The office formally known as Aboriginal Student Affairs is excited to announce that we have changed our name to Arts Indigenous Student Advising. We are celebrating our new name by sharing the significance of what this change represents for our Indigenous students and the wider Indigenous community at UBC.
The impetus for changing our name came from internal and external discussions around updating the term ‘Aboriginal’ to ‘Indigenous’ to create a more inclusive space that better represents our students and community. ‘Indigenous’ is a term embraced globally, and while not without political contention in some areas, currently celebrates the sense of community that we feel as Indigenous peoples at UBC. The negative associations with the term ‘Aboriginal’ are noted in the UBC Indigenous Peoples: Language Guidelines, which state, “Though until recently a preferred term, it does, for many Indigenous people in Canada, by the very fact of its use in government policy, carry a negative association, though not nearly as strong a one as its predecessor, ‘Indian.’”
“The term ‘Indigenous’ sounds better, and so far, holds positive meaning for Indigenous people. It’s important for us to create a safe space and make Indigenous students from across the world feel welcomed, too.”
Our office respects the power of terminology and language, especially when it comes to Indigenous people and the deep history of how language reflects relationships. Over the past year, we consulted with current Indigenous students and alumni in the Faculty of Arts about possible names and discussed the name change with former Arts Indigenous Student Advising colleagues. Our team also supports Indigenous students through the Indigenous Leadership Collective, and we wanted to hear their thoughts on renaming our office. Tiana Bone, the 2019/20 Peer Advisor at Arts Indigenous Student Advising, brought the renaming discussion to the Indigenous Leadership Collective for feedback and reflection on what the new name means for students, and members agreed our office name should include ‘Indigenous’ rather than ‘Aboriginal.’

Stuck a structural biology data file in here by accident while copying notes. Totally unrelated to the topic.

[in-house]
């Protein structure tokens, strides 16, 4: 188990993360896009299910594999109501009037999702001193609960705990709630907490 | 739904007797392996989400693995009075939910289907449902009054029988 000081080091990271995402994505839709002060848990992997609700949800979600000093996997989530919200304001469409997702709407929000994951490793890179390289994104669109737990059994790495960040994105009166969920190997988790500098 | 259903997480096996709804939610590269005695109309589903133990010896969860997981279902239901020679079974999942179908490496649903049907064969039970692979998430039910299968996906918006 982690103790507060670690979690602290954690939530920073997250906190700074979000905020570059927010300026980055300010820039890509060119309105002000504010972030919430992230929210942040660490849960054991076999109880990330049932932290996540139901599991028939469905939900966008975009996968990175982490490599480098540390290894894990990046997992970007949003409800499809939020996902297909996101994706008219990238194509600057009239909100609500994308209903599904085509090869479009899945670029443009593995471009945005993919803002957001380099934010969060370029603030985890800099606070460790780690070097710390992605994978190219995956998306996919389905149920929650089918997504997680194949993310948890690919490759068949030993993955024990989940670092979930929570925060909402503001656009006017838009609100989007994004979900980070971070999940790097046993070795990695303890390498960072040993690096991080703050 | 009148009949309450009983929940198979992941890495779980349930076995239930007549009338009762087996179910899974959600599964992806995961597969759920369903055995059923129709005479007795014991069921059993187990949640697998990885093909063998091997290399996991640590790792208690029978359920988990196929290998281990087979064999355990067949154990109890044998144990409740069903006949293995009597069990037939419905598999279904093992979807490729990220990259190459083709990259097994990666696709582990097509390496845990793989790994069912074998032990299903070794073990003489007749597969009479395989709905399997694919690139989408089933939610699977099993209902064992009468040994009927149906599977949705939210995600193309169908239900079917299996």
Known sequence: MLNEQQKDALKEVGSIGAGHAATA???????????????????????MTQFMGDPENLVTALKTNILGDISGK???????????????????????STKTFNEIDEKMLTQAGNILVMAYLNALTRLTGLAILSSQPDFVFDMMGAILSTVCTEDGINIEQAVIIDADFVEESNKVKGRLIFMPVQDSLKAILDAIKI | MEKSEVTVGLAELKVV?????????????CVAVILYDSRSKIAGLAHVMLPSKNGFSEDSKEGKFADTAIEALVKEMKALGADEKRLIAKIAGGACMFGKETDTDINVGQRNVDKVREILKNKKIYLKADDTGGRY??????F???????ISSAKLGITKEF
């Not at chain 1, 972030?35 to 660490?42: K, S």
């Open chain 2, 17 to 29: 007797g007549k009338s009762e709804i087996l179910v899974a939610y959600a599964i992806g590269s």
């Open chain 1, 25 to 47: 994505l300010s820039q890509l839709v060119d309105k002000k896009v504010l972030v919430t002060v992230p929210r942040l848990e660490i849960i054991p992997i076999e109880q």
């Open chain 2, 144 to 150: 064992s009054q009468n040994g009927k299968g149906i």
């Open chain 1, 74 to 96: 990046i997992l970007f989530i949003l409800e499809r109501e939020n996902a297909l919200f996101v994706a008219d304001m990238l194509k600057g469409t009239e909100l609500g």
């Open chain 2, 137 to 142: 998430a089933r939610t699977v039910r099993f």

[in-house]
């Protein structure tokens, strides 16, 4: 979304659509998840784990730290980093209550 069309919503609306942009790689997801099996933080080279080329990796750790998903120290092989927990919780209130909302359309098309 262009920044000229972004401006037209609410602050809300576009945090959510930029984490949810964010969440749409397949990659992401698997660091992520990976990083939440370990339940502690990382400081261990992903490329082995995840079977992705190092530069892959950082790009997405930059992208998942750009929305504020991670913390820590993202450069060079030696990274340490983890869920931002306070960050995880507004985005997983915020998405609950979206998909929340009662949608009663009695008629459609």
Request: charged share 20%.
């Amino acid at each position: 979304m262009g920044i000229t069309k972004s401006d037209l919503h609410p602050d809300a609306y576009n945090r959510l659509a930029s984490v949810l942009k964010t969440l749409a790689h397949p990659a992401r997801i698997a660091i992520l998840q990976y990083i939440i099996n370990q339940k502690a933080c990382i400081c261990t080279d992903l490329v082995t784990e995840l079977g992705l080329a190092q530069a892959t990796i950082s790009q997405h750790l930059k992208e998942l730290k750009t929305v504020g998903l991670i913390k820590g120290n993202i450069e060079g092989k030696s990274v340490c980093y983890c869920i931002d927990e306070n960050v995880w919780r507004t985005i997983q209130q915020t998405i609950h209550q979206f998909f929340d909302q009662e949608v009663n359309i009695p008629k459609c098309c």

Bone describes the new name as a meaningful change for our office: “The term ‘Indigenous’ sounds better, and so far, holds positive meaning for Indigenous people. It’s important for us to create a safe space and make Indigenous students from across the world feel welcomed, too.”
The main purpose of our name change was to move from the use of ‘Aboriginal’ to ‘Indigenous,’ but including ‘Arts’ and ‘Advising’ in our new name also makes clearer who we are, what we do, and the academic support we provide. Indigenous students in the Faculty of Arts will know that we are primarily available to support and advise them, while our old name, ‘Aboriginal Student Affairs,’ sounded overly broad in terms of the support provided to students (not to mention it was reminiscent of a certain federal department).
Former Peer Advisor Chelsea Gladstone shared her thoughts with us on the name change: “I think that by including “advising” … it gives a clear message [that Arts Indigenous Student Advising’s] mandate is to advise, and to me, advising means that I will be supported as a student and it’s a place where I could turn to for help.”
Arts Indigenous Student Advising is committed to providing meaningful support for Indigenous students to reach their academic, professional and personal goals. We provide support to Indigenous students in the Faculty of Arts, are a resource to students, staff and faculty, and are an important place of connection for Indigenous students and community members across campus.
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